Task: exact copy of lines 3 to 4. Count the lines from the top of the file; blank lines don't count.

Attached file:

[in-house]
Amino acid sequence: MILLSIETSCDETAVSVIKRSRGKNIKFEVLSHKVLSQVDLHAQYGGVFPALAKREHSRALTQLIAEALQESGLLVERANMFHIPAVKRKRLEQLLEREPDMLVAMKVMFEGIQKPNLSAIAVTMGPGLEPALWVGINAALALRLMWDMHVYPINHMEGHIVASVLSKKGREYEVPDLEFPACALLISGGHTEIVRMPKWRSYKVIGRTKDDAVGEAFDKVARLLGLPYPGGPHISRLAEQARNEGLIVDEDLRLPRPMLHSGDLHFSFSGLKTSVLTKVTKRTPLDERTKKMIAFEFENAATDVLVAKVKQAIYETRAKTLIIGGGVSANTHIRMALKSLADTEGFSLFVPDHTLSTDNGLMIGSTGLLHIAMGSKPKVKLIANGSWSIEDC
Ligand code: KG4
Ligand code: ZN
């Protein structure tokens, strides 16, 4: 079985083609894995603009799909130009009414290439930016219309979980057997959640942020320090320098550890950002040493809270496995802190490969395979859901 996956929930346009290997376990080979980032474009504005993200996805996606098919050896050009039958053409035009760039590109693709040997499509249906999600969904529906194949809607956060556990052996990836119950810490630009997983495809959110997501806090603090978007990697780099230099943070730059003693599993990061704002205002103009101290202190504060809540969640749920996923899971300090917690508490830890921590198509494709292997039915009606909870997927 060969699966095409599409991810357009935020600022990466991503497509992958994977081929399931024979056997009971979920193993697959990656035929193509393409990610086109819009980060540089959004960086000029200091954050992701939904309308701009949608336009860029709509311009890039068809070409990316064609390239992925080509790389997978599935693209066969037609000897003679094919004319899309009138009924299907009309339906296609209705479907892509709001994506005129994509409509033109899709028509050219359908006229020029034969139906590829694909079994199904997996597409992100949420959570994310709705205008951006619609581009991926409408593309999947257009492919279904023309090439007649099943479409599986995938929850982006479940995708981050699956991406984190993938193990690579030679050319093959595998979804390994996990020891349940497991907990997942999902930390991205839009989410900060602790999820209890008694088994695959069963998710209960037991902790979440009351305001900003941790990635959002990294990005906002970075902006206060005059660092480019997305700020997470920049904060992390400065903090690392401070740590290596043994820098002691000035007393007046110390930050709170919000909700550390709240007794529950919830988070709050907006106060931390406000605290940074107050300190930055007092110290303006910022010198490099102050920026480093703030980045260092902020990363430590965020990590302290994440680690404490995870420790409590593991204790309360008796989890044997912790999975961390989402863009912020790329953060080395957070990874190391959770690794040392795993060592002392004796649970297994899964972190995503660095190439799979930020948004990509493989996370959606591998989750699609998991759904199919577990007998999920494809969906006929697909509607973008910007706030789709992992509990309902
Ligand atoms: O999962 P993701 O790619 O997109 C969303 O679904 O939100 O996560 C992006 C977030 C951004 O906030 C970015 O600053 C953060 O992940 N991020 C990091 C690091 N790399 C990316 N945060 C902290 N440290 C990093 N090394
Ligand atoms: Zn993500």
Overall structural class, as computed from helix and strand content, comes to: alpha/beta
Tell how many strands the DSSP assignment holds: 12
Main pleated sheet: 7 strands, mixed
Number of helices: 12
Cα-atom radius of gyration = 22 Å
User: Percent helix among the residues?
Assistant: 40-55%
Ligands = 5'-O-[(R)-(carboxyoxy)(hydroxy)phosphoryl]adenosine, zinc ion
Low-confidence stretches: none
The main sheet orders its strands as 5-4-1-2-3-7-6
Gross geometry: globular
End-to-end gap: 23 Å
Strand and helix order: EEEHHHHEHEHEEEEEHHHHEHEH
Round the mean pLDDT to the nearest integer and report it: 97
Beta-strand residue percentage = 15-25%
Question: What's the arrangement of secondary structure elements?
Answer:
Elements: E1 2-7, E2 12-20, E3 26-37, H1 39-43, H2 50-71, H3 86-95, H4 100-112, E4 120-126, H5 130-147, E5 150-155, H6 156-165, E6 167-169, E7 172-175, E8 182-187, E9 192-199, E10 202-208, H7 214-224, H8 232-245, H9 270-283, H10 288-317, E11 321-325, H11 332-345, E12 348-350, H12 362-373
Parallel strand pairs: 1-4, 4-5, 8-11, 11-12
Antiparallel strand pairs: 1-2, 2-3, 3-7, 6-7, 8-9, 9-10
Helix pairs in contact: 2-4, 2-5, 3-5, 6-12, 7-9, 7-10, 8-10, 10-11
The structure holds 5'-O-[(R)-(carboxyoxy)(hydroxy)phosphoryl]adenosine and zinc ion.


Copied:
Ligand code: KG4
Ligand code: ZN